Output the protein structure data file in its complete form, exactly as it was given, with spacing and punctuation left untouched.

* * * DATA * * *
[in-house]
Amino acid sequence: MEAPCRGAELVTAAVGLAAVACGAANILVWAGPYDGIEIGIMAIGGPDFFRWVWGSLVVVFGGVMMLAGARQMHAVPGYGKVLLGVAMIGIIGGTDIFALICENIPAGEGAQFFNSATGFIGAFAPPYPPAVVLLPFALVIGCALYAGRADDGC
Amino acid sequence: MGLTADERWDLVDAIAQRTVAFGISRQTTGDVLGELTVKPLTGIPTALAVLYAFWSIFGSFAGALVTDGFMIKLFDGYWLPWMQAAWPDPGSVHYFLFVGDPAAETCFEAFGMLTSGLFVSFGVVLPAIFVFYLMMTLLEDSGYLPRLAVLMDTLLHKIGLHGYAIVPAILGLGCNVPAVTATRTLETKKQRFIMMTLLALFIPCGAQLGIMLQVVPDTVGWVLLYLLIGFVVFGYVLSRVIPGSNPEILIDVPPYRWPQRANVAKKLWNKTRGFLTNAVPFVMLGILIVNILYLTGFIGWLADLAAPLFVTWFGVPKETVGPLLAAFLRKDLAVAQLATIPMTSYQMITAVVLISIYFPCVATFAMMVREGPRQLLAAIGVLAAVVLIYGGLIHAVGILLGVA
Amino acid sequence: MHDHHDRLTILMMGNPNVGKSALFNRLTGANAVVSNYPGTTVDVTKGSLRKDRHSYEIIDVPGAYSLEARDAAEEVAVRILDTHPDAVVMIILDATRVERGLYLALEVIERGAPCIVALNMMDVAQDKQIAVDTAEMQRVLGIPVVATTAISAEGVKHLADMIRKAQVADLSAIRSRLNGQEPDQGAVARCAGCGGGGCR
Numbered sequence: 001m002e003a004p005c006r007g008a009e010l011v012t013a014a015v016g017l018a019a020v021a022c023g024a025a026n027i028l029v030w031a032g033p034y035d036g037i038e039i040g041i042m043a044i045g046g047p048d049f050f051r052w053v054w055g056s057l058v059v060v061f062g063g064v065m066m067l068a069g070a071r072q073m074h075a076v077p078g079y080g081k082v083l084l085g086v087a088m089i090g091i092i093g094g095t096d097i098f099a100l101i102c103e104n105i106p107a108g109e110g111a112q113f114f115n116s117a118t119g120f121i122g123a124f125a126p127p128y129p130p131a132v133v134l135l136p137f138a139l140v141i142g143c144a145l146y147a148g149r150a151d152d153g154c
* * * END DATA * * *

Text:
[in-house]
Amino acid sequence: MEAPCRGAELVTAAVGLAAVACGAANILVWAGPYDGIEIGIMAIGGPDFFRWVWGSLVVVFGGVMMLAGARQMHAVPGYGKVLLGVAMIGIIGGTDIFALICENIPAGEGAQFFNSATGFIGAFAPPYPPAVVLLPFALVIGCALYAGRADDGC
Amino acid sequence: MGLTADERWDLVDAIAQRTVAFGISRQTTGDVLGELTVKPLTGIPTALAVLYAFWSIFGSFAGALVTDGFMIKLFDGYWLPWMQAAWPDPGSVHYFLFVGDPAAETCFEAFGMLTSGLFVSFGVVLPAIFVFYLMMTLLEDSGYLPRLAVLMDTLLHKIGLHGYAIVPAILGLGCNVPAVTATRTLETKKQRFIMMTLLALFIPCGAQLGIMLQVVPDTVGWVLLYLLIGFVVFGYVLSRVIPGSNPEILIDVPPYRWPQRANVAKKLWNKTRGFLTNAVPFVMLGILIVNILYLTGFIGWLADLAAPLFVTWFGVPKETVGPLLAAFLRKDLAVAQLATIPMTSYQMITAVVLISIYFPCVATFAMMVREGPRQLLAAIGVLAAVVLIYGGLIHAVGILLGVA
Amino acid sequence: MHDHHDRLTILMMGNPNVGKSALFNRLTGANAVVSNYPGTTVDVTKGSLRKDRHSYEIIDVPGAYSLEARDAAEEVAVRILDTHPDAVVMIILDATRVERGLYLALEVIERGAPCIVALNMMDVAQDKQIAVDTAEMQRVLGIPVVATTAISAEGVKHLADMIRKAQVADLSAIRSRLNGQEPDQGAVARCAGCGGGGCR
Numbered sequence: 001m002e003a004p005c006r007g008a009e010l011v012t013a014a015v016g017l018a019a020v021a022c023g024a025a026n027i028l029v030w031a032g033p034y035d036g037i038e039i040g041i042m043a044i045g046g047p048d049f050f051r052w053v054w055g056s057l058v059v060v061f062g063g064v065m066m067l068a069g070a071r072q073m074h075a076v077p078g079y080g081k082v083l084l085g086v087a088m089i090g091i092i093g094g095t096d097i098f099a100l101i102c103e104n105i106p107a108g109e110g111a112q113f114f115n116s117a118t119g120f121i122g123a124f125a126p127p128y129p130p131a132v133v134l135l136p137f138a139l140v141i142g143c144a145l146y147a148g149r150a151d152d153g154c